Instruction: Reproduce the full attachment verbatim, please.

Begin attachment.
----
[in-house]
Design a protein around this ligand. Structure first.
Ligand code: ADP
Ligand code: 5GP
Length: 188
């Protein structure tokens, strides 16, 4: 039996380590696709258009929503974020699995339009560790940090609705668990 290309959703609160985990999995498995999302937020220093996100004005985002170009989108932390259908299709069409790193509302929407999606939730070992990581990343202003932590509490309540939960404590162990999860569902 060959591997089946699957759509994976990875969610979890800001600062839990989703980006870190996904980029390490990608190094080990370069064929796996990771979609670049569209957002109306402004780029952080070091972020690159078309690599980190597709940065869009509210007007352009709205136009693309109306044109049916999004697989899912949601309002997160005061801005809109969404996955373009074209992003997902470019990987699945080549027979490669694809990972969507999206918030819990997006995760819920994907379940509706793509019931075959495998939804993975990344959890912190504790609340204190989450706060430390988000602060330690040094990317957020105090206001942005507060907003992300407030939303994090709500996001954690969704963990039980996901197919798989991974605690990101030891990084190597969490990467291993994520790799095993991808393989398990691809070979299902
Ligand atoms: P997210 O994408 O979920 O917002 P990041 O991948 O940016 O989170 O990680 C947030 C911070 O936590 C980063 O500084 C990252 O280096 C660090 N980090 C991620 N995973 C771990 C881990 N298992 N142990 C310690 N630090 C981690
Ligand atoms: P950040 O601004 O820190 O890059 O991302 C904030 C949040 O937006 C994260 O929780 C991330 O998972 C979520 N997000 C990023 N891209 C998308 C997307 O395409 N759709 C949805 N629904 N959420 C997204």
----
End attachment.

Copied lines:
[in-house]
Design a protein around this ligand. Structure first.
Ligand code: ADP
Ligand code: 5GP
Length: 188
């Protein structure tokens, strides 16, 4: 039996380590696709258009929503974020699995339009560790940090609705668990 290309959703609160985990999995498995999302937020220093996100004005985002170009989108932390259908299709069409790193509302929407999606939730070992990581990343202003932590509490309540939960404590162990999860569902 060959591997089946699957759509994976990875969610979890800001600062839990989703980006870190996904980029390490990608190094080990370069064929796996990771979609670049569209957002109306402004780029952080070091972020690159078309690599980190597709940065869009509210007007352009709205136009693309109306044109049916999004697989899912949601309002997160005061801005809109969404996955373009074209992003997902470019990987699945080549027979490669694809990972969507999206918030819990997006995760819920994907379940509706793509019931075959495998939804993975990344959890912190504790609340204190989450706060430390988000602060330690040094990317957020105090206001942005507060907003992300407030939303994090709500996001954690969704963990039980996901197919798989991974605690990101030891990084190597969490990467291993994520790799095993991808393989398990691809070979299902
Ligand atoms: P997210 O994408 O979920 O917002 P990041 O991948 O940016 O989170 O990680 C947030 C911070 O936590 C980063 O500084 C990252 O280096 C660090 N980090 C991620 N995973 C771990 C881990 N298992 N142990 C310690 N630090 C981690
Ligand atoms: P950040 O601004 O820190 O890059 O991302 C904030 C949040 O937006 C994260 O929780 C991330 O998972 C979520 N997000 C990023 N891209 C998308 C997307 O395409 N759709 C949805 N629904 N959420 C997204």